Subscribe to our free, weekly email newsletter!


UPS introduces new LCL service between Japan and the U.S.

By Jeff Berman, Group News Editor
September 16, 2010

Earlier this week, UPS said it has rolled out a new less-than-container (LCL) service between Japan and the United States.

The company claims that this new offering provides up to 20 percent faster door-to-door delivery services than other competitive services.

Entitled Preferred LCL Ocean Freight, UPS said this new service meshes its North American ground network with containerized ocean services for Container Freight Station (CFS) to door delivery from Japan to the U.S. in 11-to-18 days. For shipments arriving at a west coast port, preferred LCL shipments will move to a UPS-operated trucking network to support air freight, with faster transit and day-definite delivery to multiple U.S. destinations, said UPS. And for East Coast destinations, UPS said the service will cut 5-to-6 days of transit time off of current service levels.

UPS has been offering standard LCL and FCL (full container load) services since 2001. This new service is now available between Japan and the U.S., with additional countries expected to be added in the next six months, according to UPS. 

“The new service was in development for months,” said Donna Longino, UPS Public Relations Manager, in an interview. “Customer demand, particularly in industries with time critical components, like high-tech, healthcare and automotive, compelled UPS to fashion a service that took advantage of our trucking network in the U.S. to ensure faster transit and day-definite delivery to more U.S. destination points than competing services.”

The primary benefits of this service are speed and visibility, Longino added. As an example, she explained how UPS uses advanced handheld scanners and information management systems to capture and transmit pick-up and delivery information not typically available for ocean shipments. Shippers, she said, can access information on their ocean movement via UPS Quantum View Manage or Flex Global View.

Other benefits of Preferred LCL Ocean Freight include:
-published CFS to door delivery transit times;
-day-definite delivery commitments;
-expedited inland transportation;
-simplified per kilo pricing and invoicing;
-dedicated operational and bi-lingual customer support;
-advanced technology tools for maximum shipment visibility.

“Greater visibility and faster transit times in ocean freight drive increased global commerce opportunities for companies in numerous industries that want to capture the economies of ocean freight without sacrificing speed and service,” said Jimmy Crabbe, vice president of ocean freight services at UPS, in a statement. “With our Preferred LCL service, companies can bridge the speed and economy gap between air and ocean freight services.”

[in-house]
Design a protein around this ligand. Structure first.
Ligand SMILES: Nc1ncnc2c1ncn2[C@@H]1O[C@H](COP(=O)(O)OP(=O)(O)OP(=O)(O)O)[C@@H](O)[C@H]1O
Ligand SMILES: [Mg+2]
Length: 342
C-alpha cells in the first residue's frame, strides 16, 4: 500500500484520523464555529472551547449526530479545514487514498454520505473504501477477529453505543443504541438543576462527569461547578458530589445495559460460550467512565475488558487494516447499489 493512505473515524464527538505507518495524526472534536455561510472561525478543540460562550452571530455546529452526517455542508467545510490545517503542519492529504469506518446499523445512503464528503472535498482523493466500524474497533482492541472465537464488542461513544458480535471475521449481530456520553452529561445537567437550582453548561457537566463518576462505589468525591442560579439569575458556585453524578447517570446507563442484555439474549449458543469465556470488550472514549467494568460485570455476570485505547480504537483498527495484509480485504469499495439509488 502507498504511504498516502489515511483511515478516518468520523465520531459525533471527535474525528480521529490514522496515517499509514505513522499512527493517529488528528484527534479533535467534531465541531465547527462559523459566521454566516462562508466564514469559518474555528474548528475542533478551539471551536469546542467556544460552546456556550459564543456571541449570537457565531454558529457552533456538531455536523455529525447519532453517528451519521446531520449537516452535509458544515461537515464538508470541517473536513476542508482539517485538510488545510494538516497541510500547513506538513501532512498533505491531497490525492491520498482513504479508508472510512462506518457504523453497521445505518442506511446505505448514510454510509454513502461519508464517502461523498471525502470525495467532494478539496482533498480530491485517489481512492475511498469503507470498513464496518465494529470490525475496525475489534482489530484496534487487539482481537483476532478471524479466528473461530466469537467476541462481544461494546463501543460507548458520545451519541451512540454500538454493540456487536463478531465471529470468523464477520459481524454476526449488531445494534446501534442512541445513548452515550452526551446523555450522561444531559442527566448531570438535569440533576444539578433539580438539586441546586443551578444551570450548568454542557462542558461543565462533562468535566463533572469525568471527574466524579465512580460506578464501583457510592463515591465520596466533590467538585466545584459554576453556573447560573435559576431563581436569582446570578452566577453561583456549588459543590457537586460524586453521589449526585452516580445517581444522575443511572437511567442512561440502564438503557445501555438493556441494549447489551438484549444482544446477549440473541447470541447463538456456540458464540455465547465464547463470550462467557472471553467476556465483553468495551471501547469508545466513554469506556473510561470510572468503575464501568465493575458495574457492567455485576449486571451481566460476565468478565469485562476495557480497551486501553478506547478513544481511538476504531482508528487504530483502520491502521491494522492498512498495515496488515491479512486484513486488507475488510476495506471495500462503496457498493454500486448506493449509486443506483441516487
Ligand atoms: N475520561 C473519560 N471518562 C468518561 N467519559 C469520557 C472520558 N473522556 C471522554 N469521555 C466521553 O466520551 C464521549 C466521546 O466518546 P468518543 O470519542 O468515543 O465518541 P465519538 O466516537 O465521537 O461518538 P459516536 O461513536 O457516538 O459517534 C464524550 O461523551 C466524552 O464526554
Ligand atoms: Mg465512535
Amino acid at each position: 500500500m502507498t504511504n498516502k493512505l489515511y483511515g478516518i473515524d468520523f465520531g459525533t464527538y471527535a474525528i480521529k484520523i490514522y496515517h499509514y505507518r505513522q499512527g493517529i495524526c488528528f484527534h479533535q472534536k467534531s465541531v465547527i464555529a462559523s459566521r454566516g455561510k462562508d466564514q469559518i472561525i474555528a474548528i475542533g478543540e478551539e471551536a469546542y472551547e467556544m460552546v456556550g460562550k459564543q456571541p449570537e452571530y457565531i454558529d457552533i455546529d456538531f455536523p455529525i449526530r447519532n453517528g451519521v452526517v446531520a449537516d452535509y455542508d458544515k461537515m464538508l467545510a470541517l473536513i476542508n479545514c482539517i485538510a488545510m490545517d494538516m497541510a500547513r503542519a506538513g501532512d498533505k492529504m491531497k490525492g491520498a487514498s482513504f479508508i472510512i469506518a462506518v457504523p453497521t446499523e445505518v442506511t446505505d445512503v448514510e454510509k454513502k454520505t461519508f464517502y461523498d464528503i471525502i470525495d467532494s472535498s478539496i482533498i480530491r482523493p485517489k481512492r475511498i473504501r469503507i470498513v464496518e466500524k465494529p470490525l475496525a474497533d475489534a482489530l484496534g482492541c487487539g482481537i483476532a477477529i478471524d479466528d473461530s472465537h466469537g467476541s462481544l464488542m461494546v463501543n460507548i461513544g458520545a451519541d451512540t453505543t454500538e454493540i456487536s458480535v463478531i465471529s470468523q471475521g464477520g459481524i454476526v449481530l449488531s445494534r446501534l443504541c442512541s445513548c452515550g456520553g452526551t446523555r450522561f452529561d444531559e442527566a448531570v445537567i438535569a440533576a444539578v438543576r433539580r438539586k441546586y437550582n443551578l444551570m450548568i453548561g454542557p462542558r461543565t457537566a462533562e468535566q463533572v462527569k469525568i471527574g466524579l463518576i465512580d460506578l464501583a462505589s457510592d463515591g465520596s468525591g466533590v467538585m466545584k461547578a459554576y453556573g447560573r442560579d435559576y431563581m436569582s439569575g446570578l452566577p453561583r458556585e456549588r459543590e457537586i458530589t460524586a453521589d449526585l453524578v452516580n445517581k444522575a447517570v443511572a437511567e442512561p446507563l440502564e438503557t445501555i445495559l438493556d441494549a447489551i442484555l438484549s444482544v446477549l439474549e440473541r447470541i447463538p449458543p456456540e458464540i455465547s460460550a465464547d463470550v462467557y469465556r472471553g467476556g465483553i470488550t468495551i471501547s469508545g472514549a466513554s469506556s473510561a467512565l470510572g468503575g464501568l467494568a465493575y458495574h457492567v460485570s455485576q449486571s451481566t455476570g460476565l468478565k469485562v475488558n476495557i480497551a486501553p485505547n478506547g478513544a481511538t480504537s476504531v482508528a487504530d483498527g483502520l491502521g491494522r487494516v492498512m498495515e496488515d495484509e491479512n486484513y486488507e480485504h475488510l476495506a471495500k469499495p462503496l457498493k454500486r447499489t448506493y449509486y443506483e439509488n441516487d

About the Author

Jeff Berman headshot
Jeff Berman
Group News Editor

Jeff Berman is Group News Editor for Logistics Management, Modern Materials Handling, and Supply Chain Management Review. Jeff works and lives in Cape Elizabeth, Maine, where he covers all aspects of the supply chain, logistics, freight transportation, and materials handling sectors on a daily basis. .(JavaScript must be enabled to view this email address).


Subscribe to Logistics Management magazine

Subscribe today. It's FREE!
Get timely insider information that you can use to better manage your
entire logistics operation.
Start your FREE subscription today!

Recent Entries

Panjiva, an online search engine with detailed information on global suppliers and manufacturers, recently said it is opening up the “vault,” so to speak. The vault in this case is making its copious amount of trade data accessible through an Application Programming Interface (API), which enables customers to extract Panjiva’s trade data into their own database.

Freight transportation and logistics services provider Averitt Express recently announced it has rolled out improved transit times for less-than-truckload (LTL) service from the Midwest to Toronto and other cities.

Data issued by the National Retail Federation lowered its 2014 retail sales forecast, due to a slow first six months of the year (and largely negatively influenced by the terrible winter weather), but noted that retail sales are expected to be strong over the next five months to finish the year.

Anne Ferro, a ferocious advocate for greater truck safety and a constant thorn to truck drivers and some unsafe trucking fleets, says she is leaving as administrator of the Federal Motor Carrier Safety Administration. No successor has been immediately named.

Data issued by the National Retail Federation lowered its 2014 retail sales forecast, due to a slow first six months of the year (and largely negatively influenced by the terrible winter weather), but noted that retail sales are expected to be strong over the next five months to finish the year.

Article Topics

News · UPS · LCL · All topics

Comments

Post a comment
Commenting is not available in this channel entry.


© Copyright 2013 Peerless Media LLC, a division of EH Publishing, Inc • 111 Speen Street, Ste 200, Framingham, MA 01701 USA